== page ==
However, she did have her annus horribilis, which just did not seem to end and was one of the saddest chapters in the history of democratic India. In 1975 her election to the Lower House of Parliament, Lok Sabha was declared void by the Allahabad High Court on the grounds of electoral malpractices and she was found guilty of dishonest election practices, excessive election expenditure and using the government machinery for her party benefit. She was to be removed from the Parliament within 6 months, and she could not contest elections for 6 years! Without a seat, she could also not hold the Prime Minister's post. So in one of her smartest yet most horrible moves, she asked the then President Fakhruddin Ali Ahmed to declare a State of Emergency under Article 352 of the Constitution, justifying it as a move to quell the disorder caused by the opposition, which allowed her to rule by decree and suspend elections and civil liberties. She had assumed tyrannical powers. The media was gagged and masses were arrested, mainly from the Opposition parties, which included many future Chief Ministers, Cabinet Ministers and a Prime Minister! She imposed President's Rule in states governed by the Opposition. Her younger son, Sanjay Gandhi conducted forced vasectomies, irrespective of a person's age, in the name of Family Planning initiatives. The atrocities committed were beyond description. It was one of the darkest hours of  our otherwise great history. She kept extending the Emergency till 1977, when she called for General Elections, in which she and Sanjay and many loyalists lost their seats. However, the new coalition government did not last and was dissolved in 1979, and soon the nation realised that they indeed needed her to lead the country with an iron grip. In the elections that year, she won a landslide victory and was back in power.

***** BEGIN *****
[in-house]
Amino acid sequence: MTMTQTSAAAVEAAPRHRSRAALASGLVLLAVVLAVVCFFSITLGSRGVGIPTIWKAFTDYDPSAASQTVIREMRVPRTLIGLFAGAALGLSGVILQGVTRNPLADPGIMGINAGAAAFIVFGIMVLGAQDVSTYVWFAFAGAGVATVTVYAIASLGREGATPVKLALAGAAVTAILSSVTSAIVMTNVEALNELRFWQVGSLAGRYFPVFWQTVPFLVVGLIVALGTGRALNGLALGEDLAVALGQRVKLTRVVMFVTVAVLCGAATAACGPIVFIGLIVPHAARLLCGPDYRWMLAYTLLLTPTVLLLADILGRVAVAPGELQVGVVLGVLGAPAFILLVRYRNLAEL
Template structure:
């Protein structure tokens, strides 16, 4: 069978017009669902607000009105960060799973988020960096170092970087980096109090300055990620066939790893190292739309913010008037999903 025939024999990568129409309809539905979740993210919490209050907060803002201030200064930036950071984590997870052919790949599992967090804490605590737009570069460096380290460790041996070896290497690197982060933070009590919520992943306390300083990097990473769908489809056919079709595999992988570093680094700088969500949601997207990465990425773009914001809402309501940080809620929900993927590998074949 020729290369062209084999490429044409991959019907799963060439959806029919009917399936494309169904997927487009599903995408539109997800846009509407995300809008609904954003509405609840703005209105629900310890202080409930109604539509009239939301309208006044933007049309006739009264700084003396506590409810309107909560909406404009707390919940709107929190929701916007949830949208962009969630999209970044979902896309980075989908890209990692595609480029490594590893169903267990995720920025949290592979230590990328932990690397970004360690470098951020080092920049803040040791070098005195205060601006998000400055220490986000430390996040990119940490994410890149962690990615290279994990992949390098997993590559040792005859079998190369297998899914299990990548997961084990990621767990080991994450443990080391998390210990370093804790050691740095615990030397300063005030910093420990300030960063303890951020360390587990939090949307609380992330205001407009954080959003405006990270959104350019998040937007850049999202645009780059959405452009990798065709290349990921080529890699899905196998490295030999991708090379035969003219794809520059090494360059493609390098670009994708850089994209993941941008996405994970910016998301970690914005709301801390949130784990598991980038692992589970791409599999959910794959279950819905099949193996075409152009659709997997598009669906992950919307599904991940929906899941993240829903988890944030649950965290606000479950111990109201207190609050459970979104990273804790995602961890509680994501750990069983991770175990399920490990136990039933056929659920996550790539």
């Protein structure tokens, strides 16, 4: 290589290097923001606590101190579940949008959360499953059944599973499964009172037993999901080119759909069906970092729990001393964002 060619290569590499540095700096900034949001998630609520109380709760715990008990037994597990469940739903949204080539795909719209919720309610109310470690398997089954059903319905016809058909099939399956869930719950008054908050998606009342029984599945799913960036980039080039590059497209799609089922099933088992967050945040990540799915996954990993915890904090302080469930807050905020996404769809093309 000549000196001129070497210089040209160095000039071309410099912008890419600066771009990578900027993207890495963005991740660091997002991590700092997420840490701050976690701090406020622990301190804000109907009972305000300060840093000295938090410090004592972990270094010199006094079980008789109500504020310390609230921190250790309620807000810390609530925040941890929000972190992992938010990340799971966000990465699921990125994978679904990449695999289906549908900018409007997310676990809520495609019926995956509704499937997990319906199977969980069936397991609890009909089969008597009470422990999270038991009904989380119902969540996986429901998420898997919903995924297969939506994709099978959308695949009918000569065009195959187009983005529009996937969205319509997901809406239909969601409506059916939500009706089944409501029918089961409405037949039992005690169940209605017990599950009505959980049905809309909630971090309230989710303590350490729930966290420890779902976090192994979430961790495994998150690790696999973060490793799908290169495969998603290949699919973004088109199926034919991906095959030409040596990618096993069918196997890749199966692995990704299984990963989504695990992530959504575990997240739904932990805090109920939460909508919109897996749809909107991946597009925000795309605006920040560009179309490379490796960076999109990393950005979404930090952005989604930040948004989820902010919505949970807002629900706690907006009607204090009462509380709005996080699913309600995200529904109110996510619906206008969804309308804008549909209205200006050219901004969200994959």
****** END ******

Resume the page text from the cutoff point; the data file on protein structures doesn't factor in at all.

[The Iron Lady.]